IMPLEMENTATION OF STANDARDS OF PROFESSIONAL
Submissions of the New Zealand Law Society to the United States Securities and Exchange Commission on the Proposed Rules 205.3(d) and 205.3(e) (Following Section 307 of the Sarbanes-Oxley Act 2002)
1. The New Zealand Law Society (NZLS) represents all 8,700 lawyers practicing in New Zealand.
2. The NZLS has previously made submissions on proposed Rule 205, and is pleased by the extent to which the Rules as introduced have been considerably lessened in their extra-territorial effect, the negative implications of which formed part of its earlier submissions.
3. The NZLS would now like to take the opportunity offered by an extension in the comment period, to make further submissions on Proposed Rule 205.3(d) and 205.3(e).
Proposed Rules 205.3(d) and 205.3(e)
4. The NZLS repeats its earlier submissions concerning the previously Proposed Rule 205.3(d), and in particular the extent to which it would conflict with the ethical obligations and Rules of Professional Conduct for New Zealand lawyers as administered by it.
5. The recent alternative proposal in 205.3(d) and 205.3(e) (the Alternative Proposal) would require an issuer to report to the Commission an attorney's written notice of withdrawal or failure to receive an appropriate response to an internal report of a material violation.
6. The NZLS does not consider that the Alternative Proposal materially avoids the potential conflict with the professional obligations of New Zealand lawyers. While the obligation on the issuer rather than the lawyer to report a withdrawal to the Commission reduces the potential conflict with a lawyer's obligations of confidence, the Alternative Proposal is still flawed. In particular:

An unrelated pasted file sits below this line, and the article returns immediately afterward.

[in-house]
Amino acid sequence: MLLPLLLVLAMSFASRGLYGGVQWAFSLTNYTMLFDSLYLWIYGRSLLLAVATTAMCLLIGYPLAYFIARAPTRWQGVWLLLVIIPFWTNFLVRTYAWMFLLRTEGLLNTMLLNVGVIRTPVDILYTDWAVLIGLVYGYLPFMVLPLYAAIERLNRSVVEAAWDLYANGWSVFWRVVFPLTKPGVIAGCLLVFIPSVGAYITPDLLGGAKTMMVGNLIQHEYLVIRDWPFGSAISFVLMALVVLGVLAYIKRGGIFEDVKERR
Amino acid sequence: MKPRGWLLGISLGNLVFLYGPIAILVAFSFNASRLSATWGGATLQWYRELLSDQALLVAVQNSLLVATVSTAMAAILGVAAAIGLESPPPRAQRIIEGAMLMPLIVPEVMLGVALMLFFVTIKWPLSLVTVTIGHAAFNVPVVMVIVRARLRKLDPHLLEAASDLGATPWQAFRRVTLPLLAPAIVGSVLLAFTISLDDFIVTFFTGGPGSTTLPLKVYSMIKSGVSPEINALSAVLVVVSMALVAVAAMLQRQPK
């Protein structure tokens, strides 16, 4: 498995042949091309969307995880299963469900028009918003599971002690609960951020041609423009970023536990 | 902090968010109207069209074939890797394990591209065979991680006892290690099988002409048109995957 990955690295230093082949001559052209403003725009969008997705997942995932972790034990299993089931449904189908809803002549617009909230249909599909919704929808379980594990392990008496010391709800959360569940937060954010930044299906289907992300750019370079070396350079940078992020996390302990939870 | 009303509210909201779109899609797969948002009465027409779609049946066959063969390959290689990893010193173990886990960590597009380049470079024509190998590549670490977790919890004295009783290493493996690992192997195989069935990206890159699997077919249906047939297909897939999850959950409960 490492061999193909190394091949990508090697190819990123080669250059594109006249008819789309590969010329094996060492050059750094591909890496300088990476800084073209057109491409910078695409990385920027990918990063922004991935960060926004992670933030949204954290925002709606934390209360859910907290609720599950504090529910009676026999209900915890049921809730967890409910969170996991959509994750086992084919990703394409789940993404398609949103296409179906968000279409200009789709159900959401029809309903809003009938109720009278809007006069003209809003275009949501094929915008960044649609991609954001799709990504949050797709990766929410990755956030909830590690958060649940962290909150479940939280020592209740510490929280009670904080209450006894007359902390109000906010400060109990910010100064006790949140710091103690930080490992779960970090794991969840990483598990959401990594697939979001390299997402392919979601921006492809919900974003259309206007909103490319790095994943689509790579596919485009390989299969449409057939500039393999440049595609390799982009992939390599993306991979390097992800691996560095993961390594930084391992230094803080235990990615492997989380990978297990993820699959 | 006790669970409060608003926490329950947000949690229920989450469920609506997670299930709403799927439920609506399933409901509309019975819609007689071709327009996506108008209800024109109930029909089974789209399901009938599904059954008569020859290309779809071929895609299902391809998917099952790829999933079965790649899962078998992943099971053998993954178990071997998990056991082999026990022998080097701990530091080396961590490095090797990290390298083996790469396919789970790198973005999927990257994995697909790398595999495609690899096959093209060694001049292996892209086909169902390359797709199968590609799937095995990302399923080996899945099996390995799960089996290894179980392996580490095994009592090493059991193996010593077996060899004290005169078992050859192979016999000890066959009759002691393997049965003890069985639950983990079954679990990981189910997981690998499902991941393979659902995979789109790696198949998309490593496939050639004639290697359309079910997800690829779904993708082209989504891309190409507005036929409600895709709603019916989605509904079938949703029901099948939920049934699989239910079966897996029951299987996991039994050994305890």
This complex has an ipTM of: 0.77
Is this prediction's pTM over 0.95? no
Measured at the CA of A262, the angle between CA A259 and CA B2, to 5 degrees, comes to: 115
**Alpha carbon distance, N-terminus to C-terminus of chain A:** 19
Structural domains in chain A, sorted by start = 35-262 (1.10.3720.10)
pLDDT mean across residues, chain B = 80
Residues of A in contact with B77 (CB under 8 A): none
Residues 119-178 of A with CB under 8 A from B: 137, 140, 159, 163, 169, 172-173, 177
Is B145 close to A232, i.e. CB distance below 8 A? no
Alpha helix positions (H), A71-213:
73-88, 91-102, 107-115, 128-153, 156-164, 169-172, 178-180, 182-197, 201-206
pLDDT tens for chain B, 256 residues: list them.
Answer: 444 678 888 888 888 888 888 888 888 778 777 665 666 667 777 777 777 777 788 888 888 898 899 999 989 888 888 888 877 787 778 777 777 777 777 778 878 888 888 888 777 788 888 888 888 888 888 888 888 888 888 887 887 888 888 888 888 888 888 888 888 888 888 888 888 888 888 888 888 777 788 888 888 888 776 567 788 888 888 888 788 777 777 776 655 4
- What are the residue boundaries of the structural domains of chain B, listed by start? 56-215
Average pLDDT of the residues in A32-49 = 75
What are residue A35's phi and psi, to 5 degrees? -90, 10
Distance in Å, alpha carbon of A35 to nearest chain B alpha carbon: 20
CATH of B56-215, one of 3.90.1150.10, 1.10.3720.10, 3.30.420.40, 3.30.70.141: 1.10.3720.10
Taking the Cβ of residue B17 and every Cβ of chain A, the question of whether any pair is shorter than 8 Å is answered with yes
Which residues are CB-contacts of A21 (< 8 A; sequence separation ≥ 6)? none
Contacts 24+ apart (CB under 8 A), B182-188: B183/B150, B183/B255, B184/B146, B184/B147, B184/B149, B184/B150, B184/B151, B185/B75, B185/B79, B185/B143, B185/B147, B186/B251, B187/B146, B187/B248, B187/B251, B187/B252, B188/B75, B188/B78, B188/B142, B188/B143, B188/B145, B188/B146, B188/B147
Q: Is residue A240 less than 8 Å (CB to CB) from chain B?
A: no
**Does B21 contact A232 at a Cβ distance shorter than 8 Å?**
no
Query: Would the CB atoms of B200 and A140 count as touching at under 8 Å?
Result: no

(a) A lawyer who is faced with an inappropriate response by a client issuer to an internal report would still be required to withdraw from representing that issuer. This potentially conflicts with the right of a client to instruct and retain the lawyer of his or her choice.
(b) The Alternative Proposal still requires lawyers to give in-ordinate weight to the interests of a company's shareholders, rather than the client company concerned. Given that a shareholder's interests are largely economic, this requires a lawyer to exercise commercial rather than legal judgement. Yet it is difficult to see how an obligation to withdraw serves either the interests of shareholders or the company. An obligation to withdraw casts the lawyer's duty to the wider market, while denying the client company the opportunity to respond appropriately to a report of material violation by retaining a lawyer's services.
Suggested Reporting Requirements
7. The NZLS understands that higher reporting standards are an important goal for the Commission in introducing Rules under s.307 of the Sarbanes-Oxley Act. The NZLS feels that this goal could be achieved without significant conflict with the professional and ethical obligations of lawyers by making certain amendments to the Alternative Proposal for Rules 205.3(d) and (e).
8. Specifically, any obligation for a lawyer to withdraw when faced with an inappropriate response to an internal report of substantial evidence of material violation should not be introduced. Lawyers should only be required to satisfy the internal reporting requirements contemplated by the Alternative Proposal. Similarly, there should be no requirement for a lawyer to disaffirm documents supplied to the Commission.
9. Proposed Rule 205.3(e) should accordingly be modified to require an issuer to report to the Commission the lawyer's written notice of failure to receive an appropriate response to a report of material violation within a reasonable time. There should be no obligation on the lawyer to withdraw, and the relevant reporting function should fall to the issuer concerned in respect of the report.
10. The Committee notes that such a reporting obligation, without the need for withdrawal, would satisfy the requirements for the Commission set out in sections 307(1) and 307(2) of the Sarbanes-Oxley Act 2002. Sections 307(1) and 307(2) do not specifically require the Commission to introduce rules requiring a lawyer to withdraw.